The Riant Book Club

THE PLACE TO MEET, MINGLE, DISH & DISCUSS! Once a month the Riant Book Club will converge at a fabulous restaurant in Manhattan and talk about 2 plays chosen from The Best Plays From The Strawberry One-Act Festival: Volume One, Two or Three. There is NO FEE to belong to the Club. Just read the selected plays for the day, rsvp to reserve your seat at the restaurant and then show up. Everyone pays for their own meals and/or drinks. So bring your business cards and dress to impress!

Thursday, August 31, 2006

The Riant Book Club at the Good Restaurant, September 27, 2006

The next Riant Book Club event:

Date: Wednesday, September 27, 2006
Time: 6:00 p.m. - 8:30 p.m.
Restaurant: Good Restaurant, located at 89 Greenwich Avenue, NYC, between Bank Street and West 12th Street. One block west of 7th Avenue. Take the 1, 2, 3, A, C, E train to 14th Street.
RSVP: 646-623-3488 or email us at

One of the plays we will be discussing is HIDDEN IN THE PAST by Michael Casano. A young girl interviews her grandmother to find out more about her family's history. It's an interview she may wish she never conducted. The second play is THE SQUEEGEE MAN by Nick Vigorito, Jr. A reporter finds inspiration for stories through the squeegee man on the street corner outside her office.

The plays are in the anthology: The Best Plays From The Strawberry One-Act Festival: Volume Two. To order the book go to, or you can call us 646-623-3488.

The Riant Book Club at the Piccolo Restaurant

The Riant Book Club had a great time at the Piccolo Restaurant on the Eastside. The food was delicious and the company even better.

Sharon Zaslaw
and Karen Page, host of Riant! Riant! Arts & Entertainment, get a hug from playwright David Risk who signed copies of his play THE KISSING BOOTH and discussed why he chose to write a play about a girl with multiple myeloma, a form of cancer that's terminal and quick. The carrier usually doesn't show any symptoms and can look perfectly fine. THE KISSING BOOTH is an enchanting story about a young lady named Beckie, who's working at a Kissing Booth to distract herself from the fact that she is dying. Bucky, an exterminator working in the park, decides to stand in the booth and get a few kisses when he discovers the booth is vacant. Beckie returns from her break and his breath is taken away jus
t by the mere presence of her beauty. Bucky, who's wife has recently died is in much need of a distraction too, but is determined to not let life pass him by and to live it with joy and conviction. He describes life as such: "It's all a kiss. Kiss of death. Kiss of life. Kiss of blindness. Kiss of vision. Kiss of ignorance. Kiss of reason. You don't get to pick your kiss, Beckie; it picks you. But sometimes...sometimes there's a kiss of grace. And when it better be open to it. You're more living than you are dying."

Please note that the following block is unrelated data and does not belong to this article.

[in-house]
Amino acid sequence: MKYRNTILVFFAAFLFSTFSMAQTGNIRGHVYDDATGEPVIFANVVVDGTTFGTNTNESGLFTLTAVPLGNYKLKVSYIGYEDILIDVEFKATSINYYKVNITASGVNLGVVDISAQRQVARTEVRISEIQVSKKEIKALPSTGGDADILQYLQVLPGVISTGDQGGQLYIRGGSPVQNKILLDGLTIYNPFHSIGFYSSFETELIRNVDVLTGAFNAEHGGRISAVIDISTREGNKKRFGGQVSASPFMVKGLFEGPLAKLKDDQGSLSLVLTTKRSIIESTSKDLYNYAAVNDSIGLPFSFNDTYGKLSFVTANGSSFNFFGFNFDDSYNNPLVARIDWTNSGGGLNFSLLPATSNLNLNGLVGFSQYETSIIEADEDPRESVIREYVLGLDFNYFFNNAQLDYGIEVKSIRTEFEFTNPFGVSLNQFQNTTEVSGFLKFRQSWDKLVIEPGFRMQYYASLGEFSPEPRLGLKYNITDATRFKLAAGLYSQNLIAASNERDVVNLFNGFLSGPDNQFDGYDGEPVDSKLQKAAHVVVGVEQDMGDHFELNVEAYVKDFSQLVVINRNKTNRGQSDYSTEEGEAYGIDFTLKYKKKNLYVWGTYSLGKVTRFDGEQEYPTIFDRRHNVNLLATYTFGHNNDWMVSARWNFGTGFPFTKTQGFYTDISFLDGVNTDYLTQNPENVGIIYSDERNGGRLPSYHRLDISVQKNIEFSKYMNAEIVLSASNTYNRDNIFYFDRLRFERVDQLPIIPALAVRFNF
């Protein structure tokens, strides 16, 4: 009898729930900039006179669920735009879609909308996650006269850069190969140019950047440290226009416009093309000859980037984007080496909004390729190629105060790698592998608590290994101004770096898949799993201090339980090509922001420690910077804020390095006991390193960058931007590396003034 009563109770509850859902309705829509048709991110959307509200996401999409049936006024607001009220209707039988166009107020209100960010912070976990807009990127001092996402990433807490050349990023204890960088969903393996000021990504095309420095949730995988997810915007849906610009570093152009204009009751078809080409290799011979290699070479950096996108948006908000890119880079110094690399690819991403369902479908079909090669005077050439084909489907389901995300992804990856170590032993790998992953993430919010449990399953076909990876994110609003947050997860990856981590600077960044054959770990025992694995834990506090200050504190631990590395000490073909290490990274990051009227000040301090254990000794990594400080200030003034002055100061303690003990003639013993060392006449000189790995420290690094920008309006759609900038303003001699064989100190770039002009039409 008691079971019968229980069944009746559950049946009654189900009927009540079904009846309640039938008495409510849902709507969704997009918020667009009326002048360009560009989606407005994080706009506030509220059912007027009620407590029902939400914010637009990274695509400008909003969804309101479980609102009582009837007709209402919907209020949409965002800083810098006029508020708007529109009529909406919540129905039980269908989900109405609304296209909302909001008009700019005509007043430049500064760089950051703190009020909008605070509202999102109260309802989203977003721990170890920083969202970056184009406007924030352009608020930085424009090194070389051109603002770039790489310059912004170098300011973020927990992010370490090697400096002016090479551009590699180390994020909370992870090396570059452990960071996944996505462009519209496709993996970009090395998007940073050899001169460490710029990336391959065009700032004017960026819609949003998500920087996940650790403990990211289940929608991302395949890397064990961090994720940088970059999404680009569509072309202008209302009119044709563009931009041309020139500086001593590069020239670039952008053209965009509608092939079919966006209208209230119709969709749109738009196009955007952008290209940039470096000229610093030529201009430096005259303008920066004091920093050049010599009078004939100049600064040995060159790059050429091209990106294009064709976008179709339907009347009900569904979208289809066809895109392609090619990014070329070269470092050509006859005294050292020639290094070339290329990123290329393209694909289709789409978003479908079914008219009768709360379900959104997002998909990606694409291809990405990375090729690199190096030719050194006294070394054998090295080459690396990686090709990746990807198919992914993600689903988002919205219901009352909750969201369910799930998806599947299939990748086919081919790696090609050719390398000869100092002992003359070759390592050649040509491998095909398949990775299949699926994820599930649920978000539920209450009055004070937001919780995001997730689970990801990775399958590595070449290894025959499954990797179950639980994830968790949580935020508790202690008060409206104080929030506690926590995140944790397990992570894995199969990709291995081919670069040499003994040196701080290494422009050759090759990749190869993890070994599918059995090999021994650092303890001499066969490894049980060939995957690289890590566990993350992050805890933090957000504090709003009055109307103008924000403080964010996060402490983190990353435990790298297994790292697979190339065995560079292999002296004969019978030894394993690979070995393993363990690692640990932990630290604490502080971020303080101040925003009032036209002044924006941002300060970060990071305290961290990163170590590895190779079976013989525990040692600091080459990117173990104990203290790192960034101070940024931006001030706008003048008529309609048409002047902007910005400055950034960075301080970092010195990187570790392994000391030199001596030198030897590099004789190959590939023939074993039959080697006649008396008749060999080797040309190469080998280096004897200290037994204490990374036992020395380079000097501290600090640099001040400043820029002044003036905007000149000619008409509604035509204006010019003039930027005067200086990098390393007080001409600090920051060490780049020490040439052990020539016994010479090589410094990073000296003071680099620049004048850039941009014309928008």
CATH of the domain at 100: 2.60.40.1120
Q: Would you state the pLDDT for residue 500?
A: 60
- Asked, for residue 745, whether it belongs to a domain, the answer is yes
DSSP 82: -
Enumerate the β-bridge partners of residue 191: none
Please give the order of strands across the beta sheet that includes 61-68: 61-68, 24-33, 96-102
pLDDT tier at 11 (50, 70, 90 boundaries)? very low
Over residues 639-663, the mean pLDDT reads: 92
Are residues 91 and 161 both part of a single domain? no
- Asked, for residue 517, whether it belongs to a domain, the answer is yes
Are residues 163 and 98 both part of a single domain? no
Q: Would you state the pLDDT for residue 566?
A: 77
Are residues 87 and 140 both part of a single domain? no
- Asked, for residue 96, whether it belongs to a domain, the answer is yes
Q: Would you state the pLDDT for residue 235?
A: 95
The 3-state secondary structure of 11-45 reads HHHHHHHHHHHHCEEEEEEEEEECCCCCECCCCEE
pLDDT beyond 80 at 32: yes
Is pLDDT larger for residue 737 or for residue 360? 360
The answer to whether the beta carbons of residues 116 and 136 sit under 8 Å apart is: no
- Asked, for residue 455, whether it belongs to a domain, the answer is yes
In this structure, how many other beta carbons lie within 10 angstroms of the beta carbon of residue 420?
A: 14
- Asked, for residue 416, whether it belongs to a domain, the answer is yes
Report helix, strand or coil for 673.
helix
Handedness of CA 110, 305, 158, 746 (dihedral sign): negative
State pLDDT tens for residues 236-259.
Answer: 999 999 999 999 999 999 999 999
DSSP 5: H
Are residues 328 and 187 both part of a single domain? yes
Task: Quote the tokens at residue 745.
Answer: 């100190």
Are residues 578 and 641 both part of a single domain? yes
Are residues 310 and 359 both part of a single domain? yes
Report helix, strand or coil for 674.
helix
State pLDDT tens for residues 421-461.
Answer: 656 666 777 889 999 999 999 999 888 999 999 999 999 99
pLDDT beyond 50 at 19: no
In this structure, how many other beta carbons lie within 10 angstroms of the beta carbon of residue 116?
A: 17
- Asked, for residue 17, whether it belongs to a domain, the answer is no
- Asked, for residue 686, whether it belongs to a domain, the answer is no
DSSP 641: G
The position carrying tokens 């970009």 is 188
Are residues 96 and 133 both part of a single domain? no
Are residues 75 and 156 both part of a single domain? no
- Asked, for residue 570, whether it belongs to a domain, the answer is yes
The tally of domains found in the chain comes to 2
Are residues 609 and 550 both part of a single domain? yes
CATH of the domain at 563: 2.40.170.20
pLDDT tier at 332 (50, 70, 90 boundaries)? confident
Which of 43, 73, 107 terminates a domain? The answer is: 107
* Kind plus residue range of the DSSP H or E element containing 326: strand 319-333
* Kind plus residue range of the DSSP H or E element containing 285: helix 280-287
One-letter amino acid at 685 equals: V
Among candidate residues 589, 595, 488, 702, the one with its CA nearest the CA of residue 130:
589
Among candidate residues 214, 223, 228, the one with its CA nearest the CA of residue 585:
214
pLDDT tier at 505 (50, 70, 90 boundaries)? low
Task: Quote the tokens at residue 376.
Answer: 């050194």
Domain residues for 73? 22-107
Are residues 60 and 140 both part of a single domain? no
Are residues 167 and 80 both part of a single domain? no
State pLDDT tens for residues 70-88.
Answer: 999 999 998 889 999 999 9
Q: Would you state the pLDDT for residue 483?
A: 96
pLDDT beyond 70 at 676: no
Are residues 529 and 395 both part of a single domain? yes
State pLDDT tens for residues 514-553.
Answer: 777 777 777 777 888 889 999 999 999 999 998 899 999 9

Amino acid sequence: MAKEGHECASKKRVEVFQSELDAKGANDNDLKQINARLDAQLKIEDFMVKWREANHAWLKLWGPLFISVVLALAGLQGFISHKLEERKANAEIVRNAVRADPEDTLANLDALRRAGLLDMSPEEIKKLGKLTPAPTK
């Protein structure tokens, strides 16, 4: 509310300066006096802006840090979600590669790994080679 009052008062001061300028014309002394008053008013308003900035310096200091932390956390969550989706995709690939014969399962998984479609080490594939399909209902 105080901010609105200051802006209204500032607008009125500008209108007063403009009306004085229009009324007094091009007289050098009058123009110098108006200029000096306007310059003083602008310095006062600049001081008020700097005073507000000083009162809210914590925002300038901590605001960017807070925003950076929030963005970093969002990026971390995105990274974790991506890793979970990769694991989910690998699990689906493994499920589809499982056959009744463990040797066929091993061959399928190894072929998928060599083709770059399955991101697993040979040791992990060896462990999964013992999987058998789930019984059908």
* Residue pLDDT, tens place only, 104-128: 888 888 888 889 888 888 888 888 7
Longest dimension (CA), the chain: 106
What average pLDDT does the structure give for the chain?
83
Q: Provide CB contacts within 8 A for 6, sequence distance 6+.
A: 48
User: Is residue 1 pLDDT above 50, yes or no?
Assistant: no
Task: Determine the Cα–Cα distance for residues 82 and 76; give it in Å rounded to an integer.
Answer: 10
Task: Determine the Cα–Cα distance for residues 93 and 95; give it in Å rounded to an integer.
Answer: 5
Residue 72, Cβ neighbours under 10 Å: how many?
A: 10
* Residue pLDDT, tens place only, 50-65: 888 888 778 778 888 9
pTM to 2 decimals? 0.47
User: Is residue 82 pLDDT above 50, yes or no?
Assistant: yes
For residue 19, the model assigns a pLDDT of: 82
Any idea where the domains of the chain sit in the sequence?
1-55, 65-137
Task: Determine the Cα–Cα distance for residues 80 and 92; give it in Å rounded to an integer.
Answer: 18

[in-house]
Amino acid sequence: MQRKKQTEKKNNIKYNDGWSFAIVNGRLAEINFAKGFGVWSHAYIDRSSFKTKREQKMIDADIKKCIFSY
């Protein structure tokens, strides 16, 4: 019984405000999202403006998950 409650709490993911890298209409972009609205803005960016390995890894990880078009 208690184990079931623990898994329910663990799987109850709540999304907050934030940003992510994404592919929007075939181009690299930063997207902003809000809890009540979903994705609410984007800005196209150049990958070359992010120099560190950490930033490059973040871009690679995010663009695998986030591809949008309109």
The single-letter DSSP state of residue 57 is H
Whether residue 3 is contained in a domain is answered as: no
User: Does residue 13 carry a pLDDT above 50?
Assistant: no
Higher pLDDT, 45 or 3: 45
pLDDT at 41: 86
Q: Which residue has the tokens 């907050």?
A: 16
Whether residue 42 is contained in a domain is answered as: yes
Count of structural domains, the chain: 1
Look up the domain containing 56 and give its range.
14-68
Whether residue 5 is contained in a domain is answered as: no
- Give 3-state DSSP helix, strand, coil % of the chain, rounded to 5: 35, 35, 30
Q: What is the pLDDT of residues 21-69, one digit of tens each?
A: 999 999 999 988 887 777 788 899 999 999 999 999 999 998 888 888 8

It's a very moving play, in which two wounded souls find each other and learn to take a chance on love, for whatever it's worth. After all, tomorrow isn't promised to any of us. Which reminds me, playwright Vivian Neuwirth was with us again. We'll be discussing her play FUN ON THE BAYOU in October. Stay tuned. That's me with Vivian below.

But not to be outdone playwright
Deborah Greenhut joined us, along with playwright John Baldi who discussed his play MONKEY RHYTHMS. John shared with us the fact that a childhood death of a friend inspired his play. It's a moving story of 3 generations, a loving son who's trying to get his elderly father, who's recently widowed and suffering from Alzheimer's, to leave his home and move in with him. But his father Pop, is determined to stay put even though he knows the house has already been sold. Pop has had a change of heart and wants to pass the house on to his grandson Jessie. It's a heartbreaking story as we read in the end, after Pop has tricked his son and grandson to leave the house only to lock them out and then proceeds to slow dance in the living room as he remembers fonder times with his beloved wife.

We were all able to relate to the two plays chosen for today's event. Love's a powerful potion and we were grateful to make some new friends and share some happy memories with some old friends. Good food, good wine, good friends, what more could you ask for? Well, I'm sure Carol Handwerker would agree a good waiter doesn't hurt as she thanks Antonio for the good service he provided us.